many of the Council's review activities deal with physical development oriented issues, and
are generally more directly related to Goal areas in the other two Sections of the Plan, Our
Environment (Goals 8 to 14) and Our Community (Goals 15 to 21).
Currently, many of the regional policies are unclear in terms of their implementation
dimensions. The Regional Plan should provide clear directions as to how the policies could be
implemented. In many of the goal areas, several entities should be responsible for
implementation. Therefore, coordinated policy implementation is essentiaL
Coordinated policy implementation can only be achieved along with the coordinated policy
development approach. The plan development process governs the manner that problems are
defined (including the scope of the problem), goals formulated and policies to implement the
goals identified. Agencies responsible for regional policy implementation must have the
agency's goals and policies consistent with the regional goals and policies both in terms of
contents as well as priorities. In the Regional Plan development process, it is imperative that
the basis for the subject consistency as well as mutual commitments for coordinated policy
development and implementation be established.
III. SPECIFIC EVALUATION BY GOAL AREAS
Concerns in the Current Plan
Regional Goals 1.1, 1.2 and 1.3 are generally concerned with students. Respectively, they
address student performance, drop-out rates and access for minority students. Regional
Goals 1.4 and 1.5 are generally concerned with educational programs, specifically the issues
of adult illiteracy and the success of vocational and post-secondary program completers.
One primary regional concern regarding education in South Florida is to improve student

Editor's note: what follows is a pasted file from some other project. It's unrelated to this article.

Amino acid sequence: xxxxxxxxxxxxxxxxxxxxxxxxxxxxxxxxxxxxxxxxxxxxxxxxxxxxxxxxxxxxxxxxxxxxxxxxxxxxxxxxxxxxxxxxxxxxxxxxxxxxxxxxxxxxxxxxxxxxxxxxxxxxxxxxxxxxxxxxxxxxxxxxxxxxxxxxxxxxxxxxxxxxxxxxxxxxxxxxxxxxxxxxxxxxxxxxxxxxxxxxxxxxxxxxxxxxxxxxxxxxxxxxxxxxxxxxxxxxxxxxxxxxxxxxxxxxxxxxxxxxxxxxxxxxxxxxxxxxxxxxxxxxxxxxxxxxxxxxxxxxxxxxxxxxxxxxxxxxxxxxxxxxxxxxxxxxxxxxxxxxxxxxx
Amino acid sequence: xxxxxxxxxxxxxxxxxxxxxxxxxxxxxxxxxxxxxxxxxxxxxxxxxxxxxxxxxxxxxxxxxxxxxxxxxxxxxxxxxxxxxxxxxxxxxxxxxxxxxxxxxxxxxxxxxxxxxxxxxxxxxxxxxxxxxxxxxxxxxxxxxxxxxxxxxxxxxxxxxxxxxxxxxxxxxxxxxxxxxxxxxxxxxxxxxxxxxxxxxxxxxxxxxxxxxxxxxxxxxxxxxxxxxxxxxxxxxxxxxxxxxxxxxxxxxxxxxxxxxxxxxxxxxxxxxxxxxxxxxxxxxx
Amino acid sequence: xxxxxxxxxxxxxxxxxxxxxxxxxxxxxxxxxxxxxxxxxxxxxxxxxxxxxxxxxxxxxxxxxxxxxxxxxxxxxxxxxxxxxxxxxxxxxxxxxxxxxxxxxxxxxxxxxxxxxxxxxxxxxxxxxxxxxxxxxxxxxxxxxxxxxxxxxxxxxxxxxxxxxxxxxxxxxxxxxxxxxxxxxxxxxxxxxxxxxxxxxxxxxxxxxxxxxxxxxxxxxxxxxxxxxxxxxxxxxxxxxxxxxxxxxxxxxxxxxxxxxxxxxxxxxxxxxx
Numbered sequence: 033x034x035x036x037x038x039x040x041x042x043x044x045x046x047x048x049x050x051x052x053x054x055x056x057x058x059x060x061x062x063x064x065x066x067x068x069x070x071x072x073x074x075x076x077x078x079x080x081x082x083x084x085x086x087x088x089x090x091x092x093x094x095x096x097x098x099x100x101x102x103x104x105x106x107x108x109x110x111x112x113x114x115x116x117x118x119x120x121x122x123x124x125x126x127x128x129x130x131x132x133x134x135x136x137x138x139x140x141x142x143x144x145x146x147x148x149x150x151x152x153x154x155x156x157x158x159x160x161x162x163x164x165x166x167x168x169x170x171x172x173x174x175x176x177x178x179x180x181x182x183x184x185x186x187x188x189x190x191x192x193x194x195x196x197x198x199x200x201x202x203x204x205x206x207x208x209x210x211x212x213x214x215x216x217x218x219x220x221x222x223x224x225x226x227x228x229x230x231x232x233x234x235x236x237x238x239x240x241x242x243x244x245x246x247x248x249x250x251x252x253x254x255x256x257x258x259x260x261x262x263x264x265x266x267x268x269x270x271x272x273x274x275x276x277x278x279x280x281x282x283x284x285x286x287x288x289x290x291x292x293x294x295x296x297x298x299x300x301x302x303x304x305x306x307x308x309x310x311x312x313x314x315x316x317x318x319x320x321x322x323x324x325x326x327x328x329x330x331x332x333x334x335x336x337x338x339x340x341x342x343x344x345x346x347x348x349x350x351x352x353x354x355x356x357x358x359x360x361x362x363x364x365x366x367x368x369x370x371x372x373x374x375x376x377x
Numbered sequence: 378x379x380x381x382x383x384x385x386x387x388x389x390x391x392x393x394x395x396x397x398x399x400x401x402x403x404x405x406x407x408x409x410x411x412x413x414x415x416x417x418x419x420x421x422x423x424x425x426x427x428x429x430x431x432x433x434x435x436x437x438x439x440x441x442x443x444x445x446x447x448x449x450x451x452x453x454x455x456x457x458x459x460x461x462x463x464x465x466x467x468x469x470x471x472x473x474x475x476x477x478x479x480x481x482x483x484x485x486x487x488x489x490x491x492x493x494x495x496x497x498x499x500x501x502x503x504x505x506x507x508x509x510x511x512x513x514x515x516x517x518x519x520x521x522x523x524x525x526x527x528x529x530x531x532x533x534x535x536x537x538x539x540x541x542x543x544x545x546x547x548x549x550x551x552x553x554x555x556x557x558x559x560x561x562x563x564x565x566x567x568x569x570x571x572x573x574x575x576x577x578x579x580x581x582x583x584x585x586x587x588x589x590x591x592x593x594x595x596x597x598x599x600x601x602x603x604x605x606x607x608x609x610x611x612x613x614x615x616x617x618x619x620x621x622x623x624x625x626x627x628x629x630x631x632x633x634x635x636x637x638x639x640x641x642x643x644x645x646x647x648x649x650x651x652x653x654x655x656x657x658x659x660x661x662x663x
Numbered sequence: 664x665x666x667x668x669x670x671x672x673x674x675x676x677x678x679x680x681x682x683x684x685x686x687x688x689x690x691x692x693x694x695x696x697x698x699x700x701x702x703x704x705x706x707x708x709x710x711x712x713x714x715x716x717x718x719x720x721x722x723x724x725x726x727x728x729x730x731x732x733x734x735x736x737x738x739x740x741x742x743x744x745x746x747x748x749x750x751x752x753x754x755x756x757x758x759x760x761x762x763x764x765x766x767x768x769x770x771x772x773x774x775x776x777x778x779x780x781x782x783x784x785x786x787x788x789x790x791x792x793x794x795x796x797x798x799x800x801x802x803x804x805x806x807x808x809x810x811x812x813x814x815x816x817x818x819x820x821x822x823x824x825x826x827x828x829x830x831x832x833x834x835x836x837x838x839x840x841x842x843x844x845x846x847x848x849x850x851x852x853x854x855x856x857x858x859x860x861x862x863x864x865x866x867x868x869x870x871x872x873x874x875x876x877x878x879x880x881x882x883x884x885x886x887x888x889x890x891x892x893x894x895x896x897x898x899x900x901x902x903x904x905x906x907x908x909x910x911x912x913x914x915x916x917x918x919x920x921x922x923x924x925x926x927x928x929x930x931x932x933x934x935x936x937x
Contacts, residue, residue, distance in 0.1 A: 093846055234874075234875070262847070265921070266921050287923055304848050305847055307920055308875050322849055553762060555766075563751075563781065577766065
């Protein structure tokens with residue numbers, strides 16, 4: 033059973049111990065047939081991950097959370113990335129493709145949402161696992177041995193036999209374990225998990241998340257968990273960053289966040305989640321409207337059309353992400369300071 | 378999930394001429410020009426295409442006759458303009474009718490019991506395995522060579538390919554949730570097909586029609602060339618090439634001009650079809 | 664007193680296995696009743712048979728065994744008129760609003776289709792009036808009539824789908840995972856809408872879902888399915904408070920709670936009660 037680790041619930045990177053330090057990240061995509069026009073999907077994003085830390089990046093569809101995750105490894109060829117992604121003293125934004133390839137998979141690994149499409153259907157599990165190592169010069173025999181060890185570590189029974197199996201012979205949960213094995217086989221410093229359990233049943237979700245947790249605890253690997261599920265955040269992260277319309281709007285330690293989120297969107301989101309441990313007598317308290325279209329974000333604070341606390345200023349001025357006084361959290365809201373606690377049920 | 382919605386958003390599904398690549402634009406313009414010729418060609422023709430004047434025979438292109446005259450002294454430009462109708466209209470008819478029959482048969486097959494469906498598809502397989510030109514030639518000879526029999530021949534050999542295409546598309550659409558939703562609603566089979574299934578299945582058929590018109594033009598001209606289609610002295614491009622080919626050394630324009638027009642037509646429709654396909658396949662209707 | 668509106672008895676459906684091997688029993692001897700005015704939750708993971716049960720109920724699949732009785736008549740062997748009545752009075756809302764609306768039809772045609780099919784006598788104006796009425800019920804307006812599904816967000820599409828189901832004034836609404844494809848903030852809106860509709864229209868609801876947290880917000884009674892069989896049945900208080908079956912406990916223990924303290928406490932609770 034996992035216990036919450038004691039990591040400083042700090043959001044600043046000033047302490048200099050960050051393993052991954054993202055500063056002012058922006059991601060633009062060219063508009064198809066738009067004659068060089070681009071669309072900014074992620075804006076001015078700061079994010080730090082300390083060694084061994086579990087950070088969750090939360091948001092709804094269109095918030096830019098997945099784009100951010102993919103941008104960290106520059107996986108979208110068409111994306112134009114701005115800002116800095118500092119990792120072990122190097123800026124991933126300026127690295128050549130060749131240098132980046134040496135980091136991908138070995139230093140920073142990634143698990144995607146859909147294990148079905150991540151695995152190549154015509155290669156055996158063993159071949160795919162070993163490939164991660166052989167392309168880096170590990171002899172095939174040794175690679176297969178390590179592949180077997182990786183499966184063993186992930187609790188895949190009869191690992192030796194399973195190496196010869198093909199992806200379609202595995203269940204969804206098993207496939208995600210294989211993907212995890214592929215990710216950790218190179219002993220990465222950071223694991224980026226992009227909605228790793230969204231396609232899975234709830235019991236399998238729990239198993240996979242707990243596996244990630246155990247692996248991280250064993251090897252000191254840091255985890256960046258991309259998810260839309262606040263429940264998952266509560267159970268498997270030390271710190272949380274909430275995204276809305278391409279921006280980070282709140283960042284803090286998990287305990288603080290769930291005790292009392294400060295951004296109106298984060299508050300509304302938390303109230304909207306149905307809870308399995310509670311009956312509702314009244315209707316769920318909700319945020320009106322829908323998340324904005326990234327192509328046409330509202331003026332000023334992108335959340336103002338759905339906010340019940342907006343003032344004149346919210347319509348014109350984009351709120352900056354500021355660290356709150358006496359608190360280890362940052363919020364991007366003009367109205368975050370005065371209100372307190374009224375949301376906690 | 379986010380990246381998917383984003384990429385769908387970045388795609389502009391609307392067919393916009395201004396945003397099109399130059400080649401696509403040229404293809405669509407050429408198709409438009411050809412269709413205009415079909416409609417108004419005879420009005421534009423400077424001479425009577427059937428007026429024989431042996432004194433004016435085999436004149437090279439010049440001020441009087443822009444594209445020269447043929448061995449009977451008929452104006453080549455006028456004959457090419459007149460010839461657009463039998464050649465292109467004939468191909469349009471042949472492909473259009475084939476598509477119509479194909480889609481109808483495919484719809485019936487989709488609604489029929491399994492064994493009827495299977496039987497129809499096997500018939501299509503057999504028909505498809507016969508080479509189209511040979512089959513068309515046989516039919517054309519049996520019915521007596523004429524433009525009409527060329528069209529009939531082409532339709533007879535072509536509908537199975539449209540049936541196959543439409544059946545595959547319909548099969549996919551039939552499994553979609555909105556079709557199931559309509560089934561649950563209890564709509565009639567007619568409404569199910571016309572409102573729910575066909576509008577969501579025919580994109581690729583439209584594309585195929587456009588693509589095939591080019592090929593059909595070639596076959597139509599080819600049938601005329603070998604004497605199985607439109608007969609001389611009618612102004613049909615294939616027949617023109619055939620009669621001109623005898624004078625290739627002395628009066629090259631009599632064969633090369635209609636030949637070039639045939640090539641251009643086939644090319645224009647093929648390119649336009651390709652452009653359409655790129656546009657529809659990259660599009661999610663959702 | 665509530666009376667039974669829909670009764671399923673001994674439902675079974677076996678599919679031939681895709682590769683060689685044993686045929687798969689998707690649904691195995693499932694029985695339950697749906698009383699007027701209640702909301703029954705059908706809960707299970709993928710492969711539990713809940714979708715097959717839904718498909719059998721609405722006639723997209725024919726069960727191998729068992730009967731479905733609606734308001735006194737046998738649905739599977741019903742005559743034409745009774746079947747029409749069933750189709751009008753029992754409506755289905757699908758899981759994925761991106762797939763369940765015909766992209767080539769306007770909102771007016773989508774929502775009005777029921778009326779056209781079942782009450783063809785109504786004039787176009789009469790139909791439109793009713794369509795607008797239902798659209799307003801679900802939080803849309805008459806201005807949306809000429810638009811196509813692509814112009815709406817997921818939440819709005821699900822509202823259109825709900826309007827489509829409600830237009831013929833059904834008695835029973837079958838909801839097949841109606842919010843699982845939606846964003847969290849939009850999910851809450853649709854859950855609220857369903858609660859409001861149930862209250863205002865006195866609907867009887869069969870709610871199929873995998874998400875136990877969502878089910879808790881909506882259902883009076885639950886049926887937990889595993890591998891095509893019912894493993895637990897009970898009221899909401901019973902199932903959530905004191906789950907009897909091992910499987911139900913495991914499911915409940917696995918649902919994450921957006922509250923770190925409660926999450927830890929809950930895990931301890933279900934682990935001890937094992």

performance. While scores are generally improving in South Florida, the Region still lags
behind the rest of the state in the percentage of pupils passing the State Student Assessment
Test. In all categories of the examination, at both the state and regional level, black students
consistently have the lowest passing grade. The educational gap between minority students
and non-minority students is widening. Dropouts rates are disproportionately higher for
blacks than for other groups.
South Florida is going to be asked to serve the demands of a knowledge-based economy.
The school system will need to make available information that will help students and
workers select appropriate career fields and adapt to a changing job market. There will also
need to be more emphasis on the multilingual needs of South Florida students. Educational
programs must be provided and aimed at solving community needs and addressing
The Education Goal area of the Regional Plan should be completely recreated using the
Region's local school district plans as primary points of reference. The school facility siting
policies should be developed and included within the format and policies of the Public
Facility Goal area.
The Education Goal area contains linkage with the Employment Goal area within the
context of educational programs that respond to the needs of society. Within that section
issues such as adult illiteracy, bilingual education and drop-out prevention are addressed
under Regional Goal 1.4. The Education Goal also makes reference to educational facility
siting, which is again mentioned in Public Facilities Goal. However, the Education Goal area
needs to be linked extensively to every other element in the regional policy plan. Regardless
of the element or issue, education is critical as the foundation from which to address all
other planning and policy issues of regional significance. Consequently, education and
public awareness goals and policies should be included in every other goal area. In order for
the Regional Plan to be meaningful and effective as an instrument by which to promote
coordination, collaboration and strategic planning, it must first of all be understood and
widely recognized by planners, policymakers and the public.
Concerns in the Current Plan
The current Regional Plan addresses the issues of child abuse, teenage births, drug and
alcohol abuse, juvenile delinquency and employment of developmentally disabled students.
These goals need to be revised to incorporate the consideration of the emerging issues as
The issue of runaways should be addressed by a regional policy. It should identify the
role of non-profit organizations in providing shelter and counseling for runaways and
their families. As indicated by the programs represented by several recent federal
funding requests that Council staff has reviewed, it appears that the problem is
significant in the Region. It should be recognized that runaways include those who flee
local homes, as well as those who travel to the Region.
Gang Activities I
The emergence of gangs is an increasing problem in every part of the Region. Local